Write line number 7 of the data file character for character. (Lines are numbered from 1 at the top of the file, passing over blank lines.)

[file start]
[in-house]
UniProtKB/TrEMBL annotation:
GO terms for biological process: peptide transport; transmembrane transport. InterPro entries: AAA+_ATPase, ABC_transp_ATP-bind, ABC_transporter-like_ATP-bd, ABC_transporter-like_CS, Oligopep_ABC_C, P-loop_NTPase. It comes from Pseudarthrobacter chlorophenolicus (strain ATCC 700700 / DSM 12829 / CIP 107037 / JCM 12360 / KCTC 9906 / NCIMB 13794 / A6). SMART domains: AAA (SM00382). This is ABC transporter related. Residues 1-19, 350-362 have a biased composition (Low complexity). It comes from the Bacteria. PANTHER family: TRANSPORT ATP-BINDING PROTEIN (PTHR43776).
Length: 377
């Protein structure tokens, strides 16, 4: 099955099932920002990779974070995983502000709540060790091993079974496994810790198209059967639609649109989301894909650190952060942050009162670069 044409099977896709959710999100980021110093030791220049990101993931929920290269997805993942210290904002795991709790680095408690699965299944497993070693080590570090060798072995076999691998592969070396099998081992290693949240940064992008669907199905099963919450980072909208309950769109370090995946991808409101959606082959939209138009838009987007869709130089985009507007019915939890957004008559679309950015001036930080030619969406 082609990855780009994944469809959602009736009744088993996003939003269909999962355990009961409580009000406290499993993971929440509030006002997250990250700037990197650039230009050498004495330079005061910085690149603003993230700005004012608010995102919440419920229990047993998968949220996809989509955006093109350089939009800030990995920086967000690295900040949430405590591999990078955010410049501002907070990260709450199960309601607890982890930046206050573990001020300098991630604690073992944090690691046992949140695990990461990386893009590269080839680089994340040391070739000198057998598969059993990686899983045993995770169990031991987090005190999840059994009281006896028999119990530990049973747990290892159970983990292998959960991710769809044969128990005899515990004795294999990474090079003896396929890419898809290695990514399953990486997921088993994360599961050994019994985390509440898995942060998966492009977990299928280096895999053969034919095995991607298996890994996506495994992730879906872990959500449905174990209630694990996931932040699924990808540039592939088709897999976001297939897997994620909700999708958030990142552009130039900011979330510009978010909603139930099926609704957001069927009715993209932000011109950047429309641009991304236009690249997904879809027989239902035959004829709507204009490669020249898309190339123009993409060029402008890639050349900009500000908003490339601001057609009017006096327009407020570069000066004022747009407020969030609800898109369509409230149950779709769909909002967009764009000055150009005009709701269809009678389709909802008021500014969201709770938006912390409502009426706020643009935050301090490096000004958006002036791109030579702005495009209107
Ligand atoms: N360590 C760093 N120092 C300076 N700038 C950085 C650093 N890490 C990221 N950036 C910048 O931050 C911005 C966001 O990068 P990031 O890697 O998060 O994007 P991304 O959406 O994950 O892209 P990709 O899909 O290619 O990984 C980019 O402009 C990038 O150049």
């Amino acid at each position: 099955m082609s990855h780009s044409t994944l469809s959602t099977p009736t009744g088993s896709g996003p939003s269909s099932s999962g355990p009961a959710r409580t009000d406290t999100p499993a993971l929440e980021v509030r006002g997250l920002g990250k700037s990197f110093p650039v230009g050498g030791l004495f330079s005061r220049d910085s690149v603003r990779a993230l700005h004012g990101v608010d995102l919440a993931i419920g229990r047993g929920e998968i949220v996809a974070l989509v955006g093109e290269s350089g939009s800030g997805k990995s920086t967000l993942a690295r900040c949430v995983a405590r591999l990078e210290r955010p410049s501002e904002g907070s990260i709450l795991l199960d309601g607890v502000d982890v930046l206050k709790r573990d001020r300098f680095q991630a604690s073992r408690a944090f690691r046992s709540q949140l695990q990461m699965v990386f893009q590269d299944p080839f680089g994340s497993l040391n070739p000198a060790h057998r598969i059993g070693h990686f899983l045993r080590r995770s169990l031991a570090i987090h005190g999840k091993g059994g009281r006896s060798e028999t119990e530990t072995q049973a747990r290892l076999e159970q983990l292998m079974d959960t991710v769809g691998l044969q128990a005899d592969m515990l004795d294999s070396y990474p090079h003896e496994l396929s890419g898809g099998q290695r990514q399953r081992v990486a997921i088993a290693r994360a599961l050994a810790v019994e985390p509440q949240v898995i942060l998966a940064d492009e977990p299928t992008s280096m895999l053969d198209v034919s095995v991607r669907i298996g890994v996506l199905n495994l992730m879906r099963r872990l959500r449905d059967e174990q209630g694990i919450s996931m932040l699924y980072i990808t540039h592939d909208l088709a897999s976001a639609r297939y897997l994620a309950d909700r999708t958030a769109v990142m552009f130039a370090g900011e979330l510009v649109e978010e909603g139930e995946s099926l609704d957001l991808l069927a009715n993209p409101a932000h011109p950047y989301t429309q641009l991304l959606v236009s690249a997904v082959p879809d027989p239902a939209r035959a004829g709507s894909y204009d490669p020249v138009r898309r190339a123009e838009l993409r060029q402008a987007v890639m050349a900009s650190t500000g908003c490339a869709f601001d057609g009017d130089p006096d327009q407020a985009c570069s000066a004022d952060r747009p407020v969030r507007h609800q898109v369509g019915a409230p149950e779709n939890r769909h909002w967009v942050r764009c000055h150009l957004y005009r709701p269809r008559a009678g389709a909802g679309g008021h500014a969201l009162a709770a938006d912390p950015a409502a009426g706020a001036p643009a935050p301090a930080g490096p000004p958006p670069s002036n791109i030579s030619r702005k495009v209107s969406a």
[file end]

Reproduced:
């Amino acid at each position: 099955m082609s990855h780009s044409t994944l469809s959602t099977p009736t009744g088993s896709g996003p939003s269909s099932s999962g355990p009961a959710r409580t009000d406290t999100p499993a993971l929440e980021v509030r006002g997250l920002g990250k700037s990197f110093p650039v230009g050498g030791l004495f330079s005061r220049d910085s690149v603003r990779a993230l700005h004012g990101v608010d995102l919440a993931i419920g229990r047993g929920e998968i949220v996809a974070l989509v955006g093109e290269s350089g939009s800030g997805k990995s920086t967000l993942a690295r900040c949430v995983a405590r591999l990078e210290r955010p410049s501002e904002g907070s990260i709450l795991l199960d309601g607890v502000d982890v930046l206050k709790r573990d001020r300098f680095q991630a604690s073992r408690a944090f690691r046992s709540q949140l695990q990461m699965v990386f893009q590269d299944p080839f680089g994340s497993l040391n070739p000198a060790h057998r598969i059993g070693h990686f899983l045993r080590r995770s169990l031991a570090i987090h005190g999840k091993g059994g009281r006896s060798e028999t119990e530990t072995q049973a747990r290892l076999e159970q983990l292998m079974d959960t991710v769809g691998l044969q128990a005899d592969m515990l004795d294999s070396y990474p090079h003896e496994l396929s890419g898809g099998q290695r990514q399953r081992v990486a997921i088993a290693r994360a599961l050994a810790v019994e985390p509440q949240v898995i942060l998966a940064d492009e977990p299928t992008s280096m895999l053969d198209v034919s095995v991607r669907i298996g890994v996506l199905n495994l992730m879906r099963r872990l959500r449905d059967e174990q209630g694990i919450s996931m932040l699924y980072i990808t540039h592939d909208l088709a897999s976001a639609r297939y897997l994620a309950d909700r999708t958030a769109v990142m552009f130039a370090g900011e979330l510009v649109e978010e909603g139930e995946s099926l609704d957001l991808l069927a009715n993209p409101a932000h011109p950047y989301t429309q641009l991304l959606v236009s690249a997904v082959p879809d027989p239902a939209r035959a004829g709507s894909y204009d490669p020249v138009r898309r190339a123009e838009l993409r060029q402008a987007v890639m050349a900009s650190t500000g908003c490339a869709f601001d057609g009017d130089p006096d327009q407020a985009c570069s000066a004022d952060r747009p407020v969030r507007h609800q898109v369509g019915a409230p149950e779709n939890r769909h909002w967009v942050r764009c000055h150009l957004y005009r709701p269809r008559a009678g389709a909802g679309g008021h500014a969201l009162a709770a938006d912390p950015a409502a009426g706020a001036p643009a935050p301090a930080g490096p000004p958006p670069s002036n791109i030579s030619r702005k495009v209107s969406a």